A Johnson who overpays or screws his teams regularly will be out of business as well, for different reasons.

A team that is known for blabbing info or other unprofessional behavior will find their employment opportunities limited in much the same way.

On the other hand, if one of the above proves to be reliable and professional, his rep will rise accordingly. Johnsons, fixers, and runners are in the same boat, when it comes to Rep.
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k1tsune
post Jun 8 2004, 07:36 AM
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Dude. There's the Matrix. Anyone can find out any dirt on anyone if they know where to look.

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CircuitBoyBlue
post Jun 8 2004, 08:19 AM
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QUOTE (Nikoli)
Remember The Jackal, everyone had heard of the guy but nobody knew who he was. They just knew not to fuck with him, well, most of them knew.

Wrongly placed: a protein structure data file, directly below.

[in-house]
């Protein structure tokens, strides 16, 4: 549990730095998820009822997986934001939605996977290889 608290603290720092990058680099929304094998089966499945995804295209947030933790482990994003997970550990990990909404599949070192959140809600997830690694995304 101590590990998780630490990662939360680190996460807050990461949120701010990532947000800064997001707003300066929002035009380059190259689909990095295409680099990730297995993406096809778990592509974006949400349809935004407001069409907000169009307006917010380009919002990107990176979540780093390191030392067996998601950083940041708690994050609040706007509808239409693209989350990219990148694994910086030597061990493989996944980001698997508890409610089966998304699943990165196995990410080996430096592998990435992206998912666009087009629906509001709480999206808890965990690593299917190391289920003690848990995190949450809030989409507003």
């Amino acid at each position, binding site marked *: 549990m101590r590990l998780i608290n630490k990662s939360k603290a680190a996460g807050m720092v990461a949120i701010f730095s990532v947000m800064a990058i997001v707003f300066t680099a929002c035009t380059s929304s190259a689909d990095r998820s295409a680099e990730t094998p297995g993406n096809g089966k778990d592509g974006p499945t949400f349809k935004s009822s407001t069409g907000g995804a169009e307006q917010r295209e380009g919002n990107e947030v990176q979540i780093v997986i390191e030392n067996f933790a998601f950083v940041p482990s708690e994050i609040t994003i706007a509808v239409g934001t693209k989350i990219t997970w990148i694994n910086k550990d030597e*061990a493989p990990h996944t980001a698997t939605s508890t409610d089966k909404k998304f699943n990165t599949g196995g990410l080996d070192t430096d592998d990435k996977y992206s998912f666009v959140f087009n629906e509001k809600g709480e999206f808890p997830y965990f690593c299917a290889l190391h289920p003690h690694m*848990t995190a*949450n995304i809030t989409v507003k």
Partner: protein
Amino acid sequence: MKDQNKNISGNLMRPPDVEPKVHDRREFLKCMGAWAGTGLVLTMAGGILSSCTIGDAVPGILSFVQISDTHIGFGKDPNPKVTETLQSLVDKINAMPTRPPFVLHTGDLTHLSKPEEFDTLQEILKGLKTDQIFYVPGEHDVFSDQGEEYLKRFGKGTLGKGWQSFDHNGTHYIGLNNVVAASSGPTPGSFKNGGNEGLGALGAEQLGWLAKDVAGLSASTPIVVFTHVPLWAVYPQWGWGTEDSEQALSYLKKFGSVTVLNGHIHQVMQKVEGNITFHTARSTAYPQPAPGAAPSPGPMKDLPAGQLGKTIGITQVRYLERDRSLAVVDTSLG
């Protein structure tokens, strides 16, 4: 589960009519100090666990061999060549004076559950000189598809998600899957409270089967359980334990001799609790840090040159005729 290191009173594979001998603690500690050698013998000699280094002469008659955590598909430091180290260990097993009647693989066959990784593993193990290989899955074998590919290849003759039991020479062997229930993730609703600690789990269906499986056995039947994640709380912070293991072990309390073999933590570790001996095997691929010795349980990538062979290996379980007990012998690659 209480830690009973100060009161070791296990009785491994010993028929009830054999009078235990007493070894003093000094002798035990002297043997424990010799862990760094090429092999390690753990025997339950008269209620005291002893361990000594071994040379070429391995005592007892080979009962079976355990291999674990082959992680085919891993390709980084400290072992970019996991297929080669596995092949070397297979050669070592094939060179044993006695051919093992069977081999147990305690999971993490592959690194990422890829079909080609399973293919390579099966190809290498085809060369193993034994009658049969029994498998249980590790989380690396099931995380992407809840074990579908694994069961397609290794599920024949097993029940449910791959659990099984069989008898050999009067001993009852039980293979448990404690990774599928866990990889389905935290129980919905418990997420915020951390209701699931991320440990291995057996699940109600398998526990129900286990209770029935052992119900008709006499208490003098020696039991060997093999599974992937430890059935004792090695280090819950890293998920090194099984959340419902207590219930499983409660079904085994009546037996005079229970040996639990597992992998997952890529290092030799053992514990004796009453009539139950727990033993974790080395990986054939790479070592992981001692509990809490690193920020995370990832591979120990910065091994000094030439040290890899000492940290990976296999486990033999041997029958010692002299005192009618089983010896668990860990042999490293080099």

Actually, almost everyone knew who he was. The French, Venezuelans, Cubans, and Soviets all had intel files on him before he even began his career as a terrorist. He actually kept himself alive becuase everyone knew who he was. Since so much was known about him, keeping him around was useful to the Soviet Bloc because as long as he lived, Western Europe had to keep on its toes, and the West couldn't just have him offed, because doing so would have meant sneaking into communist territory and assassinating someone, which would have violated a code of decency that the West held itself to when the Soviet Bloc didn't. I'd call the whole thing masterful and cite it as an example of a shadowrunner type using his wits if the whole thing hadn't been due to the manipulations of the Stasi, who basically got away with it. Carlos got used, and used bigtime. If anything, the Stasi were a really devious, backstabbing sort of Johnson.